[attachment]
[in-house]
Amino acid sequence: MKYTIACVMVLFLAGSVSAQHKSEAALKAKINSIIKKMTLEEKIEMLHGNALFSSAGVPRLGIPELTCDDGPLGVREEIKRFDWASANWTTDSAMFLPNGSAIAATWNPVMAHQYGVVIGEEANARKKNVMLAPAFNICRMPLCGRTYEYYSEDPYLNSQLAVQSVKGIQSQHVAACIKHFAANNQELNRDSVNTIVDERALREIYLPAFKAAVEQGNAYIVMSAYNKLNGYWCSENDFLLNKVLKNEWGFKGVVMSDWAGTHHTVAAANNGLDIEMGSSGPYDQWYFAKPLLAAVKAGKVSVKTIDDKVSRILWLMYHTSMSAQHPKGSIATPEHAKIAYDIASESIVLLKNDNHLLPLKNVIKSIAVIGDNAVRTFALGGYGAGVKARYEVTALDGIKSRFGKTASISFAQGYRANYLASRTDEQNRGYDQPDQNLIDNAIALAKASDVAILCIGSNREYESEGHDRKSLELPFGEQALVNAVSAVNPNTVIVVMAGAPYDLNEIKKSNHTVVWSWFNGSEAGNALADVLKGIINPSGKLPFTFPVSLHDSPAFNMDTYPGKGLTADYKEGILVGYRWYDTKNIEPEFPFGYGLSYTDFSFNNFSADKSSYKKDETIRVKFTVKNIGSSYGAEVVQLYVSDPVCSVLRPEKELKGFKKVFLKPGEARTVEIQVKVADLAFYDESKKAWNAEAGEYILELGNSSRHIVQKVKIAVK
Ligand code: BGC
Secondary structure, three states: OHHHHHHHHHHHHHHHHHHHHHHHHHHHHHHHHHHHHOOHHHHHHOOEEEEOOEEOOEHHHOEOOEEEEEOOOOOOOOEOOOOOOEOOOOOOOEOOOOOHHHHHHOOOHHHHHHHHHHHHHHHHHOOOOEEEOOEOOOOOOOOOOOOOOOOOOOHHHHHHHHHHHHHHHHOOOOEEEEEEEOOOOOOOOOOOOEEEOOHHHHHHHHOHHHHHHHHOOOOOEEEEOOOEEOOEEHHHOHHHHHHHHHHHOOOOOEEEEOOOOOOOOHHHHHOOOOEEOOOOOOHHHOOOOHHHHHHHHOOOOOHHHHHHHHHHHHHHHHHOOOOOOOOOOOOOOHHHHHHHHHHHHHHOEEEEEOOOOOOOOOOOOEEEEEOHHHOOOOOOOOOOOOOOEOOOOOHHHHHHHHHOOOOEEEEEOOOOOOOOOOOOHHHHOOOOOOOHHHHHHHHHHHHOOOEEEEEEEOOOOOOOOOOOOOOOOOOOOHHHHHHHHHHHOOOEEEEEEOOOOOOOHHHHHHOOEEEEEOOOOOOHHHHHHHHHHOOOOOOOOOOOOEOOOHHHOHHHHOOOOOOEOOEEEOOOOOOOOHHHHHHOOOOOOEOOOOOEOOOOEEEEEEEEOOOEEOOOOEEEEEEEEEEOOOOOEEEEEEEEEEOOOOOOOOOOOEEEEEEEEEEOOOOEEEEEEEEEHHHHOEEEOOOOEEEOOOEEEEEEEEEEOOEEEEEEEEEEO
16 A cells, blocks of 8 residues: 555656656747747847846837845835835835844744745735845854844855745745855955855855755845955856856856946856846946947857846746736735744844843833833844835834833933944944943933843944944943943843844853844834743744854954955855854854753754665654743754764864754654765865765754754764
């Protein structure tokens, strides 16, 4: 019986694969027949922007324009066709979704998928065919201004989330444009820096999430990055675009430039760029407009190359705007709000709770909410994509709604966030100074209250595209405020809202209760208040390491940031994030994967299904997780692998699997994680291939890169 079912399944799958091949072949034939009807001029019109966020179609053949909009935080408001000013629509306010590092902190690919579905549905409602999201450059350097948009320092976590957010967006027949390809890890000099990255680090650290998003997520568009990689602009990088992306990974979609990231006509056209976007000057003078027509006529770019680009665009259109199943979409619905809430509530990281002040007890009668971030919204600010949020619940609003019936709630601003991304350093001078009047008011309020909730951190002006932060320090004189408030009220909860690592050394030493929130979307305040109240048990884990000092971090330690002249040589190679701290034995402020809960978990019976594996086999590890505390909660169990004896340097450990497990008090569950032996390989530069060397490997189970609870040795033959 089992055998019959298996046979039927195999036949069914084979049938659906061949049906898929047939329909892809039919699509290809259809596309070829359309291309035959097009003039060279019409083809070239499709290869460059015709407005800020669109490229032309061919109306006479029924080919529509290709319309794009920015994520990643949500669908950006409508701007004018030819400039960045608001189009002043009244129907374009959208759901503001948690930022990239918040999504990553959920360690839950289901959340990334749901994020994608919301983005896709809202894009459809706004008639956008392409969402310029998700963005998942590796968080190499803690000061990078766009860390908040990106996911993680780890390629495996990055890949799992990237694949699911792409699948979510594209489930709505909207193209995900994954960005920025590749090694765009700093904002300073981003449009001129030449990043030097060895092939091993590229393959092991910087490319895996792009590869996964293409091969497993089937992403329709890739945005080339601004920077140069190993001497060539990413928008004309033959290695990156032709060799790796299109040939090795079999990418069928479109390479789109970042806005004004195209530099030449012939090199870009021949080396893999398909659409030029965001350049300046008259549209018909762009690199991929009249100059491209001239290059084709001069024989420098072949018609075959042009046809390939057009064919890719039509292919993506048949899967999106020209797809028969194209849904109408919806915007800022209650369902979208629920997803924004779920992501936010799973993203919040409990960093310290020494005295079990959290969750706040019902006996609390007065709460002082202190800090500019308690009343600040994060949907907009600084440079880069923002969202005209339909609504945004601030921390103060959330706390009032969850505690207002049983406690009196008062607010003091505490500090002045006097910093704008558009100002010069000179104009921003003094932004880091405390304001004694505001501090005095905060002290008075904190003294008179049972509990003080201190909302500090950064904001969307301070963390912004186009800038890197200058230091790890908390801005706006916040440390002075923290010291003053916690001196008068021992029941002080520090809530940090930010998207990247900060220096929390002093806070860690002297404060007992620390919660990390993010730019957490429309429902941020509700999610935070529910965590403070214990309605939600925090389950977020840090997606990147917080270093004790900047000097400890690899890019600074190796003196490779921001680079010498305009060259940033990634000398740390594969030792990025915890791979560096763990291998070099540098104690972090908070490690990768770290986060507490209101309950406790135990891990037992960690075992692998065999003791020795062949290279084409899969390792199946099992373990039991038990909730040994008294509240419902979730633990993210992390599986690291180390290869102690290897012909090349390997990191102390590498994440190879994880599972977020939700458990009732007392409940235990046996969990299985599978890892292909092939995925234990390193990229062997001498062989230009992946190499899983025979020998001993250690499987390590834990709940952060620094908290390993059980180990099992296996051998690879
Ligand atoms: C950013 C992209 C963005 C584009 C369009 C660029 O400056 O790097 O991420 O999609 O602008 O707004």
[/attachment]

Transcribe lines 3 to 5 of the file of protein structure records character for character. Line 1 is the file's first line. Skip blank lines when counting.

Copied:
Ligand code: BGC
Secondary structure, three states: OHHHHHHHHHHHHHHHHHHHHHHHHHHHHHHHHHHHHOOHHHHHHOOEEEEOOEEOOEHHHOEOOEEEEEOOOOOOOOEOOOOOOEOOOOOOOEOOOOOHHHHHHOOOHHHHHHHHHHHHHHHHHOOOOEEEOOEOOOOOOOOOOOOOOOOOOOHHHHHHHHHHHHHHHHOOOOEEEEEEEOOOOOOOOOOOOEEEOOHHHHHHHHOHHHHHHHHOOOOOEEEEOOOEEOOEEHHHOHHHHHHHHHHHOOOOOEEEEOOOOOOOOHHHHHOOOOEEOOOOOOHHHOOOOHHHHHHHHOOOOOHHHHHHHHHHHHHHHHHOOOOOOOOOOOOOOHHHHHHHHHHHHHHOEEEEEOOOOOOOOOOOOEEEEEOHHHOOOOOOOOOOOOOOEOOOOOHHHHHHHHHOOOOEEEEEOOOOOOOOOOOOHHHHOOOOOOOHHHHHHHHHHHHOOOEEEEEEEOOOOOOOOOOOOOOOOOOOOHHHHHHHHHHHOOOEEEEEEOOOOOOOHHHHHHOOEEEEEOOOOOOHHHHHHHHHHOOOOOOOOOOOOEOOOHHHOHHHHOOOOOOEOOEEEOOOOOOOOHHHHHHOOOOOOEOOOOOEOOOOEEEEEEEEOOOEEOOOOEEEEEEEEEEOOOOOEEEEEEEEEEOOOOOOOOOOOEEEEEEEEEEOOOOEEEEEEEEEHHHHOEEEOOOOEEEOOOEEEEEEEEEEOOEEEEEEEEEEO
16 A cells, blocks of 8 residues: 555656656747747847846837845835835835844744745735845854844855745745855955855855755845955856856856946856846946947857846746736735744844843833833844835834833933944944943933843944944943943843844853844834743744854954955855854854753754665654743754764864754654765865765754754764